(apologies to Clement Clarke Moore)
T’was the night before Christmas, when all through the house
Not a creature was stirring, wait, did I hear a mouse?
Among the stockings by the chimney did he dare,
I mean, really? St Nicholas should soon be there!
The children were nestled all snug in their beds,
While on the mantle, two mice poked out their heads.
I suspect they thought they would duck out for a quick nightcap,
Did they really think I was in for a long winter’s nap?
When I moved for them, they knocked over stuff with a clatter,
I sprang to the chair to get above the splatter.
Down from upstairs, my dad flew like a flash,
He looked like a shopper on a last-minute dash.
Looking around the fallen objects, his anger did grow
I saw in my future a night out at eight below.
I know, and I saw how things might appear,
But it wasn’t my fault the mice were as clumsy as reindeer.
But now, with fair warning, the mice were so quick,
I knew in a moment I would be outside to see Saint Nick.
More rapid than eagles, my master did curse my name,
And he hollered, and shouted, and put me out in shame!
“Now, Cat! Now, Demon! Now, Spawn of Vixen!
I feed you good food, let you sleep in my house, and you go on this Blitzen!
To the back porch! Stay off the top of the wall!
Now get away! Get away! Get away from it all!”
As the husband went back in, the wife’s words did fly,
When he met this obstacle, he knew he should not have told me goodbye.
So outside to find me in the snow, he flew,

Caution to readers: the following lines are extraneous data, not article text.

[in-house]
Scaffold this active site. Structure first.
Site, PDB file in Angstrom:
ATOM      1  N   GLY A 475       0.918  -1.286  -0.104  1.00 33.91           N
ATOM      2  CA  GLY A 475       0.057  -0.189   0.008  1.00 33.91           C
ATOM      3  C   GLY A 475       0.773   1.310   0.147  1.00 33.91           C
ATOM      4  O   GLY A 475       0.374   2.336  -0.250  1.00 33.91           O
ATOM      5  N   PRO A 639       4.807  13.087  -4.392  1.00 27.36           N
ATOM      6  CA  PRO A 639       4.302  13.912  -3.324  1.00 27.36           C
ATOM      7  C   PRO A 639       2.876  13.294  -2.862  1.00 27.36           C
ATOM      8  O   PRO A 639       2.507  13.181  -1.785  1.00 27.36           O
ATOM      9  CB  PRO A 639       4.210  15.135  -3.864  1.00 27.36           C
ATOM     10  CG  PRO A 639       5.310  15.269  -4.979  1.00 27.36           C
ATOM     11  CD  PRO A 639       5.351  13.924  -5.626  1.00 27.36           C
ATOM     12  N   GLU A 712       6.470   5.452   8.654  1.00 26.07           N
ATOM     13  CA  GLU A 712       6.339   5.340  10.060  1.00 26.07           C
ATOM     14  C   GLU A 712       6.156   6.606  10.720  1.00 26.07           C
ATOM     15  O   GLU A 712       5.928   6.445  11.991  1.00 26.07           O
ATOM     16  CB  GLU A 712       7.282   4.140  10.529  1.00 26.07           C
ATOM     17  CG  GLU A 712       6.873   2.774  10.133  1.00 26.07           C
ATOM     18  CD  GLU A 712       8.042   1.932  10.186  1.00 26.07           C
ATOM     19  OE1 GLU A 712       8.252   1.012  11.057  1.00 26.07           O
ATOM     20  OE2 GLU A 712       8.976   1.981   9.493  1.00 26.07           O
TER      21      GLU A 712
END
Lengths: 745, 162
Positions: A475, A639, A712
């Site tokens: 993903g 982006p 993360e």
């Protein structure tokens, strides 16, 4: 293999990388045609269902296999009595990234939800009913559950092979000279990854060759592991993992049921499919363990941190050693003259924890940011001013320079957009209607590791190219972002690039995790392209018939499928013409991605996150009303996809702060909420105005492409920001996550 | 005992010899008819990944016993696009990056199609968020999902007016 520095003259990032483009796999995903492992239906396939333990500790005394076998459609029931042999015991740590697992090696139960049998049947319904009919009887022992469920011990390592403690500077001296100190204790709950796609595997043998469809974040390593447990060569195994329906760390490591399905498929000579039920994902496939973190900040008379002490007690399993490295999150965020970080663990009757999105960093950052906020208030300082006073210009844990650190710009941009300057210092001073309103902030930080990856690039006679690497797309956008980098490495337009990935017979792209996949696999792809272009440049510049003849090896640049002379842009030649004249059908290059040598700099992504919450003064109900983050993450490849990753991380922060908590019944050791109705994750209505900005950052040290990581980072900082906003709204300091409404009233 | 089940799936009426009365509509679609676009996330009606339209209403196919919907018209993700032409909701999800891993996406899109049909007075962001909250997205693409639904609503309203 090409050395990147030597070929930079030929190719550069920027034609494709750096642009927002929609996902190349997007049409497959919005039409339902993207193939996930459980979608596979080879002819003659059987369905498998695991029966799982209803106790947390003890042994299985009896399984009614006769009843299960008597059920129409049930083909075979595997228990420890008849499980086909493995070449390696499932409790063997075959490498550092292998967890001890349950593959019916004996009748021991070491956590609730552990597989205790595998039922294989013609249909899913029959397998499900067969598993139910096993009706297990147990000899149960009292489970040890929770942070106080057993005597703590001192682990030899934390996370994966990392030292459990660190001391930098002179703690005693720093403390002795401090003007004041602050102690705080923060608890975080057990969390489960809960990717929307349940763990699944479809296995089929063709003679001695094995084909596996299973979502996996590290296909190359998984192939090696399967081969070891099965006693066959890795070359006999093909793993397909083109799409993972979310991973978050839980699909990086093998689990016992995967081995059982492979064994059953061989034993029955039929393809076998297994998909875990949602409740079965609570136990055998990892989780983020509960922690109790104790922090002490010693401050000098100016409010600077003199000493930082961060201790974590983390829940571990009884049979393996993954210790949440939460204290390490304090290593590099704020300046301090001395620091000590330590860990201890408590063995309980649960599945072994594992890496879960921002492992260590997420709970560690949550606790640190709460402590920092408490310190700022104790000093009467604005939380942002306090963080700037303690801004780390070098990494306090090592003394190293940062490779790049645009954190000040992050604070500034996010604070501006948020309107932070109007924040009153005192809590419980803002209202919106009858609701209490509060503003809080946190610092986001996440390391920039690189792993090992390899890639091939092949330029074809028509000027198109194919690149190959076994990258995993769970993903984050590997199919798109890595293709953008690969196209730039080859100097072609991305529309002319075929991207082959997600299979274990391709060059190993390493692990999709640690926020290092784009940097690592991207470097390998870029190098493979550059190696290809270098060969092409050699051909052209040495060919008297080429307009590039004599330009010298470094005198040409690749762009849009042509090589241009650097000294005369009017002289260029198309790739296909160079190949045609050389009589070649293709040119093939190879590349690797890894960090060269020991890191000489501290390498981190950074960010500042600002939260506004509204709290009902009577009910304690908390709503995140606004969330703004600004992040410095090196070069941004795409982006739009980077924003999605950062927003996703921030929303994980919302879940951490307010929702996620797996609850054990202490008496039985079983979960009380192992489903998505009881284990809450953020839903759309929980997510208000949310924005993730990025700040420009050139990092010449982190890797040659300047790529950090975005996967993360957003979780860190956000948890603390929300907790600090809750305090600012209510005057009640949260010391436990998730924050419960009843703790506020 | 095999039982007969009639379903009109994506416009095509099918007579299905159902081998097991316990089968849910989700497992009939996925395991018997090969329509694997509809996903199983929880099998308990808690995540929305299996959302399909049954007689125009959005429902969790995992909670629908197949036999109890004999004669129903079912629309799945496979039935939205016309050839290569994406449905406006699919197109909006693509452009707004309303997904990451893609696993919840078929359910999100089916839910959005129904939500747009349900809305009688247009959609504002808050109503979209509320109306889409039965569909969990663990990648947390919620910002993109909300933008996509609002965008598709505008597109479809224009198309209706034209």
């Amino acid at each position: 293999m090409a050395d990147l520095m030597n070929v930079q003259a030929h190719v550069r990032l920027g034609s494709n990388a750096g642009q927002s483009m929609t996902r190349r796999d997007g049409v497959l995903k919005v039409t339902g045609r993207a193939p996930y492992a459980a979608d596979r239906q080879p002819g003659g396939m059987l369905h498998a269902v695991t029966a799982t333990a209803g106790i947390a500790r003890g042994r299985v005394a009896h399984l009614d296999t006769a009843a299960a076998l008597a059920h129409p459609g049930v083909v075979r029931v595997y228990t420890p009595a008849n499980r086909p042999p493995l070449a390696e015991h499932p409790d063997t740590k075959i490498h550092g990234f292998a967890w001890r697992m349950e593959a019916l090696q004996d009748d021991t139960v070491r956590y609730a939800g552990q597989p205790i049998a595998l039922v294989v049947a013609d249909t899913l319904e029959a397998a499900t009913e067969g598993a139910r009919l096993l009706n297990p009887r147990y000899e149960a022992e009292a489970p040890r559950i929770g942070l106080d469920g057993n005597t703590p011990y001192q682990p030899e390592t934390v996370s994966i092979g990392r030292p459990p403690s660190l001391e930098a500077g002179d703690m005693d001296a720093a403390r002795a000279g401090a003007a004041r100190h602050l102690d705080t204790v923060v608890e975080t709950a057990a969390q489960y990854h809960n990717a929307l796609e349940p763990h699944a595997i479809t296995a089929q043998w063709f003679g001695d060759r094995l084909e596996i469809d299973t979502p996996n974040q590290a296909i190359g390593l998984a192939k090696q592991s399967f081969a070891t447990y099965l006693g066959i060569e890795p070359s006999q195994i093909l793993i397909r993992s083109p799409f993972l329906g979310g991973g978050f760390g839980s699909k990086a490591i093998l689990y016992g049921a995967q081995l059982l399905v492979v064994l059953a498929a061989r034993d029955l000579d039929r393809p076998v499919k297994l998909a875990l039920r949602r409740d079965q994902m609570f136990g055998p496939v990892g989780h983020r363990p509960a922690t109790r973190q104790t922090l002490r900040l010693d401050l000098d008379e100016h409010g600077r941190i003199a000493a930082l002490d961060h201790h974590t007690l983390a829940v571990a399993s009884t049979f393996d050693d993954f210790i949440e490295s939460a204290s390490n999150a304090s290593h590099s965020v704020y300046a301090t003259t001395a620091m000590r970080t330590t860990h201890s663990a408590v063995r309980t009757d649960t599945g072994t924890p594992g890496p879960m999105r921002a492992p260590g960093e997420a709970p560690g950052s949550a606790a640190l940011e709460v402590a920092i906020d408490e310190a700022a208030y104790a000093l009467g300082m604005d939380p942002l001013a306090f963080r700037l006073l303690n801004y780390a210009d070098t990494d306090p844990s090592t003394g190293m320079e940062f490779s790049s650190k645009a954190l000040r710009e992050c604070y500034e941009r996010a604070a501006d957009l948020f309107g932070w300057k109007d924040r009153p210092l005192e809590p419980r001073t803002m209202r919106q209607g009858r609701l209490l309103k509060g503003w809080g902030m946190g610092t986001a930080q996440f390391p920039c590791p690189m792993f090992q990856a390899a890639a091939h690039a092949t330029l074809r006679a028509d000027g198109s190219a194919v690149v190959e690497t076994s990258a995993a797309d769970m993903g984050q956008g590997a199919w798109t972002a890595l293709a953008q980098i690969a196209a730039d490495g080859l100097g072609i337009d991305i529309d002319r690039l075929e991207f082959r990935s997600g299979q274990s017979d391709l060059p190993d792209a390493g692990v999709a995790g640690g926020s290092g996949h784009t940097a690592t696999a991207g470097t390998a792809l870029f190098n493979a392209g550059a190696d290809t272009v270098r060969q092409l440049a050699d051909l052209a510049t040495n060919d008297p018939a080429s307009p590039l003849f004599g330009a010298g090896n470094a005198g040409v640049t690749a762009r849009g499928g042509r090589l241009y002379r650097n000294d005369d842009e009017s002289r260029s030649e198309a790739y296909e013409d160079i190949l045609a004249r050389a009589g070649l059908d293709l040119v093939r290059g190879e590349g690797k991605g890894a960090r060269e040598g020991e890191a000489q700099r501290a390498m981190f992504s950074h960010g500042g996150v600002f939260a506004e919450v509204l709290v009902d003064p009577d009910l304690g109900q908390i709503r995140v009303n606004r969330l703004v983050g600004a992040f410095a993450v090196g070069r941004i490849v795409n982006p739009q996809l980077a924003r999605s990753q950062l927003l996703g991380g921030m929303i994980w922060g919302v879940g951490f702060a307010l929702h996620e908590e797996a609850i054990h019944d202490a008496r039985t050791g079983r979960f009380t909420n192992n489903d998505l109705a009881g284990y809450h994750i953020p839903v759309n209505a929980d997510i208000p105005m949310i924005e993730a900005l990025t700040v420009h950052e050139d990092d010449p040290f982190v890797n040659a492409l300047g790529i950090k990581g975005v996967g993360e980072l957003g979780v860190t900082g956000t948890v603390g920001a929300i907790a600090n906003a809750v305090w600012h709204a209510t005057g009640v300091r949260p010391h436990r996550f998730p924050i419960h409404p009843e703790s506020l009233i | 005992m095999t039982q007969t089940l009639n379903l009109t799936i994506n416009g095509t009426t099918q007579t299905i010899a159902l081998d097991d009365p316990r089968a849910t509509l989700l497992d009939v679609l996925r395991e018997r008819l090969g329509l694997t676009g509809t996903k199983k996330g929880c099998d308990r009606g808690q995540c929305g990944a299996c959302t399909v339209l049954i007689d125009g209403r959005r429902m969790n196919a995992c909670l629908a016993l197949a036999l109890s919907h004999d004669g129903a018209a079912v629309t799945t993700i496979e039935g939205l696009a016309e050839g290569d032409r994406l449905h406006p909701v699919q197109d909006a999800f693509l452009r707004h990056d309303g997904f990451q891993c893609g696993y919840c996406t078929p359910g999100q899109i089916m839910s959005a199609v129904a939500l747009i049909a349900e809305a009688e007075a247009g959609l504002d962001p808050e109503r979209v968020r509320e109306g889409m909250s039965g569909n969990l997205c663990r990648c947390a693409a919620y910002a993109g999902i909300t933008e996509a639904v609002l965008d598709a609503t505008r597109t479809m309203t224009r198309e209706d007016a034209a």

I think he was most grateful, he quickly found me, too.
And then, in a twinkling, we were back under roof.
During the prancing and pawing, I acted aloof.
As I cleaned my paws and was turning around,
Down the chimney, a mouse came with a bound.
He was covered in black, from his head to his foot,
And his fur was all tarnished with ashes and soot.
It was like my Christmas toy was back,
I gave him just enough time to say, “Ack.”
The tree lights-how they twinkled! The music, how merry!
My master buys roses, but she prefers chocolate with a cherry!
But the droll little mouse was drawn up like a bow,
And the belly and feet were as white as the snow.
I picked him up and held him tight in my teeth,
A grand idea encircled my head like a wreath.
Instead of putting this mouse in my round little belly,
That shook when I laughed like a bowlful of jelly!
This mouse was chubby and plump, a right jolly old elf,
And I laughed when I thought this, in spite of myself!
With a wink of my eye and a thought in my head,
Soon gave me know I was headed straight to her bed.
I spoke not a word but went straight to my work,
And padded past stockings then decided to lurk.
I chose to lay it right beside her nose,
With a shriek straight out of bed, she rose!
It might have been okay if the mouse hadn’t given a whistle,
But he wasn’t quite dead and was thrown like the down of a thistle.
But I heard Dad exclaim, ‘ere I flew out of sight,
“I told you to leave that damn cat out tonight!”